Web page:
Thursday, September 22, 2011

Critical Angst

For MOST participants, I think, last night's Critical Mass was an unqualified kick in the pants. According to the Hungarian news agency, MTI, about 30,000 people turned out, and the closing bike lift at Heroes' Square was one for the ages: Perched on the steps of the Museum of Fine Arts, the Budapest Festival Orchestra rewarded finishers with a short but sweet concert starting at 8 p.m. The selections included Tchaikovsky, Dvorák and Brahms.

Co-organiser Károly Sinka told MTI that it had been the best attended Car-Free Day Critical Mass ever. The free-style mode of organisation -- with no cordoned off parade route -- would be "the future" of the event, Sinka added.

My own experience of the ride was less of a success -- partly because there were just so many people this year. We got caught in a jam on the kiskörút and ended up missing the bike lift as well as the BFO's serenade. As I pulled up to the square, Maestro Iván Fischer was taking his bows before an ecstatic crowd, and wishing them "many car-free days." But having missed the performance, the moment was lost on me.

Things started out promisingly enough at the Feneketlen tó, as I finally got hold of some CM 2011 stickers to keep the series going on our refrigerator. Some other activists were passing out stickers for free-range eggs or something, and I got this snap of Lance in front of their giant pink chicken.

It was something to do with "bio" eggs or humanely produced ones or something along those lines.
We stopped in at the Transit cafe to check out a photo exhibition ("Me and my Bike"), and then we met some cycling acquaintances and settled in for a couple refreshments. Then time sort-of got away from us.

It was past 7 p.m. when we finally clamboured back onto our bikes and I knew we were cutting it close with the bike lift scheduled at 8. Sure enough, we got caught in one of the worst Critical Mass jams of all time. Honestly, I don't think it'd been that bad since the giant Critical Mass in the spring of 2008. You'd be in front of a traffic signal and sit there through four cycles of the light before finally getting through the intersection. (The irony of me complaining about a traffic jam that we deliberately set out to create is not lost on me. But damn -- I was getting nostalgic for the CMs of recent years, when there were enough of us to make an impression but not no so many that you couldn't move.)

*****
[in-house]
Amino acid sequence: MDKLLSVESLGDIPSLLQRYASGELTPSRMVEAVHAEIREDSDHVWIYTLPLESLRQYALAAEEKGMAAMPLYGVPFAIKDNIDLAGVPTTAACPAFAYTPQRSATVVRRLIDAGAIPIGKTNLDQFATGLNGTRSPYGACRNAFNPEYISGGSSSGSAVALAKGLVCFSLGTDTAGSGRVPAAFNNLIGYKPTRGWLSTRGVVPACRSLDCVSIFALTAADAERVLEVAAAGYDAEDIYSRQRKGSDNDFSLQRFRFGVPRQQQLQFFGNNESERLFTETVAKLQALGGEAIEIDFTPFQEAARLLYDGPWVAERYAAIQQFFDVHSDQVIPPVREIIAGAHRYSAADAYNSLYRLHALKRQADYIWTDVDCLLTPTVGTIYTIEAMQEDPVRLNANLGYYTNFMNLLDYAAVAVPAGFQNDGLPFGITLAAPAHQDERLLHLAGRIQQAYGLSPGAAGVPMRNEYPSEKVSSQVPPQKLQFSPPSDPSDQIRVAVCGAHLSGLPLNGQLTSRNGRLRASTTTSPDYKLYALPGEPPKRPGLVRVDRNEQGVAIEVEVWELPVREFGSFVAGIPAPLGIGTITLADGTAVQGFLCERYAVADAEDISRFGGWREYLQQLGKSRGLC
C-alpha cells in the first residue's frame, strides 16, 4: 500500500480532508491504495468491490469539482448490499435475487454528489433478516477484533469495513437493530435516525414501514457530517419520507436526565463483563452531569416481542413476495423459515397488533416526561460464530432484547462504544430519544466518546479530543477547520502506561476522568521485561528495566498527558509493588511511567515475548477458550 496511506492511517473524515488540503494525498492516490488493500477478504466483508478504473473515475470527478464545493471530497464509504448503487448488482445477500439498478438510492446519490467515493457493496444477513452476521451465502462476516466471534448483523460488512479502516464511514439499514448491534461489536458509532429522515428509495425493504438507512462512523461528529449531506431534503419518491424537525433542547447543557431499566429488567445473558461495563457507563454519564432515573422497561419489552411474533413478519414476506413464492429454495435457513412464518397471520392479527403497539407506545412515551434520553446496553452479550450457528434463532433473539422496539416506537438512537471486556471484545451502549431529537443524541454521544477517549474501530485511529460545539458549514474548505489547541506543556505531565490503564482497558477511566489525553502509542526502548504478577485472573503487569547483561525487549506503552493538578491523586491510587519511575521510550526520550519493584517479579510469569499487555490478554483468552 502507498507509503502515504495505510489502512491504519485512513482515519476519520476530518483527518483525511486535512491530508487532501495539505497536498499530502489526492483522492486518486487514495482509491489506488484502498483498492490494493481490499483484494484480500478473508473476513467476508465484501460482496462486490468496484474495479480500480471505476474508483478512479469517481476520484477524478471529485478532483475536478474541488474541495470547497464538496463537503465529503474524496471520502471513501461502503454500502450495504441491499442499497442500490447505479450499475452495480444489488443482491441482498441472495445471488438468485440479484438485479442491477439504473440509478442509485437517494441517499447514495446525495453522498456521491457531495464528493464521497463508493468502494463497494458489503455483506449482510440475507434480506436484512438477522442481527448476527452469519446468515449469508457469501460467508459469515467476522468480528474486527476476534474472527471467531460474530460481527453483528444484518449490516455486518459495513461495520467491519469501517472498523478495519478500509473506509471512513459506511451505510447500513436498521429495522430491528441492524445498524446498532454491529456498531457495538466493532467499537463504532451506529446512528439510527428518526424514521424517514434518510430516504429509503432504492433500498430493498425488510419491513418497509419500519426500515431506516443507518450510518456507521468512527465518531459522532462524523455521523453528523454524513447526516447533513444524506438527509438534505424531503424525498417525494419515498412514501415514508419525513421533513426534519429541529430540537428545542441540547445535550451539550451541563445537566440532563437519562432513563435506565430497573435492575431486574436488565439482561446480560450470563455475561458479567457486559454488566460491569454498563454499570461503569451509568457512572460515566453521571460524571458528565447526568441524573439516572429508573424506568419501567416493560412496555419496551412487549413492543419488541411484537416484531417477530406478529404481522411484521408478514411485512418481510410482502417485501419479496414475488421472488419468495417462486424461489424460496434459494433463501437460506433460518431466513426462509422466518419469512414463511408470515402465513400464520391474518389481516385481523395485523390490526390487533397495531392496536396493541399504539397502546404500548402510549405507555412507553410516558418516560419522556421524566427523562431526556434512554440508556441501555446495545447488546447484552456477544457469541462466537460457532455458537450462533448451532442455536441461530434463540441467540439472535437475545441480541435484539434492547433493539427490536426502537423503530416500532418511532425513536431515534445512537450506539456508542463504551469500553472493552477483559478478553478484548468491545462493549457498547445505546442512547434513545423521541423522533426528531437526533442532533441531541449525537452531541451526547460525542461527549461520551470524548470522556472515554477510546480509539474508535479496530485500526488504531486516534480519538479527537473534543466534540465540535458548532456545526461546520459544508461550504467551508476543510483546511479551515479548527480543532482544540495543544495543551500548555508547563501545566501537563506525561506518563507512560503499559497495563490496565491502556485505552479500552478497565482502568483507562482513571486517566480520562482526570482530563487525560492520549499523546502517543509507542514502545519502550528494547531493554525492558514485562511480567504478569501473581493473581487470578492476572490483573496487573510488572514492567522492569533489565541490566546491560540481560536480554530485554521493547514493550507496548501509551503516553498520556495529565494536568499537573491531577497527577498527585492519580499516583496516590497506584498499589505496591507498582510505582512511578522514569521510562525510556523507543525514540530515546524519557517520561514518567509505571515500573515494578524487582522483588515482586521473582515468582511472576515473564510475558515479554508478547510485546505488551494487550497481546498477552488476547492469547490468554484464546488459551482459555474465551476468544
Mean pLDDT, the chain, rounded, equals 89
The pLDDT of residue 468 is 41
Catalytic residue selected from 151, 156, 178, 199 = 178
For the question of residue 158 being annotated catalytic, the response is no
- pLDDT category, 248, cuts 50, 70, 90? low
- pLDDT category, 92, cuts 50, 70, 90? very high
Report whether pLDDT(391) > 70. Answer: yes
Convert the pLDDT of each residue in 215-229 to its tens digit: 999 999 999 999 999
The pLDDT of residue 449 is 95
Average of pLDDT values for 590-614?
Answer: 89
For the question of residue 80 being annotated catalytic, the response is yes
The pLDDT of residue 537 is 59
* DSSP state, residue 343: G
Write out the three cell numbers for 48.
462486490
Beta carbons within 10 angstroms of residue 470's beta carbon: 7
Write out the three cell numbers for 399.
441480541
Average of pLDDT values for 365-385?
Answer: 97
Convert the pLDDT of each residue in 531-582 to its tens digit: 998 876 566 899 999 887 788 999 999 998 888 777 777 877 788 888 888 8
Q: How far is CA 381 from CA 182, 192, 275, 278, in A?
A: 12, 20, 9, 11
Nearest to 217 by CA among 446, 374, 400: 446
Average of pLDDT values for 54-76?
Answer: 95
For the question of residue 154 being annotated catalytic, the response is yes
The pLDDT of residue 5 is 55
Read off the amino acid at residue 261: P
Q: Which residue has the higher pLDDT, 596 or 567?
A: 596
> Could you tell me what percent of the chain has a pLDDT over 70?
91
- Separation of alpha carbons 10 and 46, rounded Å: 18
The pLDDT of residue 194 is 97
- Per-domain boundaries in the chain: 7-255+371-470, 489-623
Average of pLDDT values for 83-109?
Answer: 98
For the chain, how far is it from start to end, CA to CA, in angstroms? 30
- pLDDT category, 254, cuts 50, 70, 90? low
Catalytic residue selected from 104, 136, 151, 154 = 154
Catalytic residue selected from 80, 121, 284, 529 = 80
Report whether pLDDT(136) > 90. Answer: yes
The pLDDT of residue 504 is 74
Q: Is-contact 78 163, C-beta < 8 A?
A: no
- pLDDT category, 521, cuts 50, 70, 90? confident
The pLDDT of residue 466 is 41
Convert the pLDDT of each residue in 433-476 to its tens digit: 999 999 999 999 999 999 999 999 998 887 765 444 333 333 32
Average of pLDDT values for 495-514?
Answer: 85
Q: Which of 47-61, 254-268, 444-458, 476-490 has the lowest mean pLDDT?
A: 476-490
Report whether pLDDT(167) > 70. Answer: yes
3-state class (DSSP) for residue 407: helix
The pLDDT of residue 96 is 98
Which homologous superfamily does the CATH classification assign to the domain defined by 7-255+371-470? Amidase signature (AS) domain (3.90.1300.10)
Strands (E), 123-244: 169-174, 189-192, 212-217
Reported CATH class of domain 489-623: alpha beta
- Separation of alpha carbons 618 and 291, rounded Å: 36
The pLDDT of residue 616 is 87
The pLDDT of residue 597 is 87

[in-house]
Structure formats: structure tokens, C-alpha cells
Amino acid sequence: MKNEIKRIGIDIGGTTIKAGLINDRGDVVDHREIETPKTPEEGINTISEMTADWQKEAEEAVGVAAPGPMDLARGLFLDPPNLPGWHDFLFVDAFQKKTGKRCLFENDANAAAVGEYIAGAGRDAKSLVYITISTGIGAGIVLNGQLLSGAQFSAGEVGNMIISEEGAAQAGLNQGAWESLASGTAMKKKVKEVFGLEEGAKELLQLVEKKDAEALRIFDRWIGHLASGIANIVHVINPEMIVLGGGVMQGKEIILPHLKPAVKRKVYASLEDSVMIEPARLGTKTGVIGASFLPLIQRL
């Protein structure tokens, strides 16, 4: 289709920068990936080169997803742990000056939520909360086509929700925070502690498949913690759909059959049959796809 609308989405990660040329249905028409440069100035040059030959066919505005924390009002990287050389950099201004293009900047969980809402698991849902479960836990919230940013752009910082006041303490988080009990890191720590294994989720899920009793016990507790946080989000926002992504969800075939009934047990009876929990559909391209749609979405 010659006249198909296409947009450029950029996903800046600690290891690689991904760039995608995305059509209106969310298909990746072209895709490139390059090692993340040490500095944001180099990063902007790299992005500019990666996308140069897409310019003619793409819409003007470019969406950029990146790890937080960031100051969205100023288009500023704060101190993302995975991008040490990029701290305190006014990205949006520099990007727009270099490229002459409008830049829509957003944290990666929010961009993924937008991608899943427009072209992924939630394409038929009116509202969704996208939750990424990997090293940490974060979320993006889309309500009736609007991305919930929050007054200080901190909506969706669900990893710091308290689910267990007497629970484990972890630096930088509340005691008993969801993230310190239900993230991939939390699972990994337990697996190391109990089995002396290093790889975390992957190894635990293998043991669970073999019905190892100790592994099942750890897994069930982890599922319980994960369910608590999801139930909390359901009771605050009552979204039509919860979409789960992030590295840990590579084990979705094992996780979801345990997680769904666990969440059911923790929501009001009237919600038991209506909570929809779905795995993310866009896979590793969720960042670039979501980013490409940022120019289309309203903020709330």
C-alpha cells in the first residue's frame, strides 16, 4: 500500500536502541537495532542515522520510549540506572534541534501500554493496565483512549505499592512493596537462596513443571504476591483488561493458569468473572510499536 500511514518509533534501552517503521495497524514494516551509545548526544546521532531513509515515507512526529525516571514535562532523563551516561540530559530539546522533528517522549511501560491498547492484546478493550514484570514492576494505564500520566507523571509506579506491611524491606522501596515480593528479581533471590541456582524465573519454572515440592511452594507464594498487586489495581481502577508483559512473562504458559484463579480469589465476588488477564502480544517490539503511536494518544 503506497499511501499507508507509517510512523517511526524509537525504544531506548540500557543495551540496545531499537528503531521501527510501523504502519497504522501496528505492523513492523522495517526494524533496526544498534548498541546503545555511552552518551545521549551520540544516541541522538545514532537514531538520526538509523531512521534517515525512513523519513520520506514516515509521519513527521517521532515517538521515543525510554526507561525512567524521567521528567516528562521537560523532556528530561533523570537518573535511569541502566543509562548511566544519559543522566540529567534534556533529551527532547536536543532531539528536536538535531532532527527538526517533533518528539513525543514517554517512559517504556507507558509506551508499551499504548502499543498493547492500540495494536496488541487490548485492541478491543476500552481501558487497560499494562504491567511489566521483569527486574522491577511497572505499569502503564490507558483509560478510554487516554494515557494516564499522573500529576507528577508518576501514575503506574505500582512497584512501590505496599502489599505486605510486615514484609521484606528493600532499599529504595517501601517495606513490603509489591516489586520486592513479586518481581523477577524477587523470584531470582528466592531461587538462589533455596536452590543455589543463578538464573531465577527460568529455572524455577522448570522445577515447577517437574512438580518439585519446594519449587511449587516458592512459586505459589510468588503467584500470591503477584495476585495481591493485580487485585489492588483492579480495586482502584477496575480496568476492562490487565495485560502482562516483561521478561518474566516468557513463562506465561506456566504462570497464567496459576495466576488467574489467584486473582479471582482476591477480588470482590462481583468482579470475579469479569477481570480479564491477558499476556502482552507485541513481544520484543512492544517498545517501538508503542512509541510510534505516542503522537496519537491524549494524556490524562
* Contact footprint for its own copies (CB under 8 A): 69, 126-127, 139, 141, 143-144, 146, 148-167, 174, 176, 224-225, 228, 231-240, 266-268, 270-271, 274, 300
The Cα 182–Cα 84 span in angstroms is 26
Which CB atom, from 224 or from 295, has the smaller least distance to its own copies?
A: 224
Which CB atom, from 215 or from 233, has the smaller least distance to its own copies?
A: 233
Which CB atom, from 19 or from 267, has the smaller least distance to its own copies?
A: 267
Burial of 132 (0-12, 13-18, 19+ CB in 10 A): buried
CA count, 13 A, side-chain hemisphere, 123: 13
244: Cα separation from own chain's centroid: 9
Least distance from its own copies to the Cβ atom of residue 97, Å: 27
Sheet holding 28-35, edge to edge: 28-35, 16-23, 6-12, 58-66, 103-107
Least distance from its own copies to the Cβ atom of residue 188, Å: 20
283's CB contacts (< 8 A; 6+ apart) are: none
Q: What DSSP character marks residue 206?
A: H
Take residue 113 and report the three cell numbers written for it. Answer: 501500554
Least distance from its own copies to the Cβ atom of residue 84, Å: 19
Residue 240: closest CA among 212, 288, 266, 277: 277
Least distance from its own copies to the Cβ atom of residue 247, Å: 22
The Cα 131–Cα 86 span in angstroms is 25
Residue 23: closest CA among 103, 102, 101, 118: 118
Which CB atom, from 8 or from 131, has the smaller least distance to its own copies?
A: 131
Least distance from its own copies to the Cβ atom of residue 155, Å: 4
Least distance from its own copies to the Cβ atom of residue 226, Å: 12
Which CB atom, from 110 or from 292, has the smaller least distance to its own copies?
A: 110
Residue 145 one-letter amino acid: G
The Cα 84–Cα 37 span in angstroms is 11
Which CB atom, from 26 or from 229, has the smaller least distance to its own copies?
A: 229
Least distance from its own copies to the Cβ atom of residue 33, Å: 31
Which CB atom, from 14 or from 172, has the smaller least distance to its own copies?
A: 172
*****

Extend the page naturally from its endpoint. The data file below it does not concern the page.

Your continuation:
Damn this traffic jam!
After creeping down the kiskörút for a half hour, Kristin suggested that maybe such a long exposure to traffic fumes (from cars, not us, obviously) wasn't the healthiest thing for our kids. And me, being the stubborn arse that I am, insisted on riding the thing to its conclusion. CM is evidently more important to me than protecting my kids from black lung. What kind of monster am I?

Sequoia was a good sport for awhile, but after we got past Szabadság Bridge,
she started to squeal.
At least Kristin, who was carrying Sequoia, did the right thing and bagged on it before the turn at Andrássy. Sequoia was getting crabby by that point anyway, so it was time to get her home. Lance was also getting crabby, but as he had the misfortune to be on my bike, he was stuck.

Restless Lance tries to frustrate my picture taking.
Poor guy. All of his suffering (and my stupid persistence) was for naught. By the time Lance and I got across Dózsa György and over to the museum's steps, the only evidence of the night's merriment were these empty seats and sheet music holders. We saw a couple musicians idling by with instrument cases over their shoulders, but no sign of Iván Fischer.

I bet that was an awesome concert.


Diana Fingal said...

Nice post, greg. And I remember that stubborn persistence.

Greg Spencer said...

Glad you liked the post. As far as my stubbornness goes, I didn't realize it predated parenthood!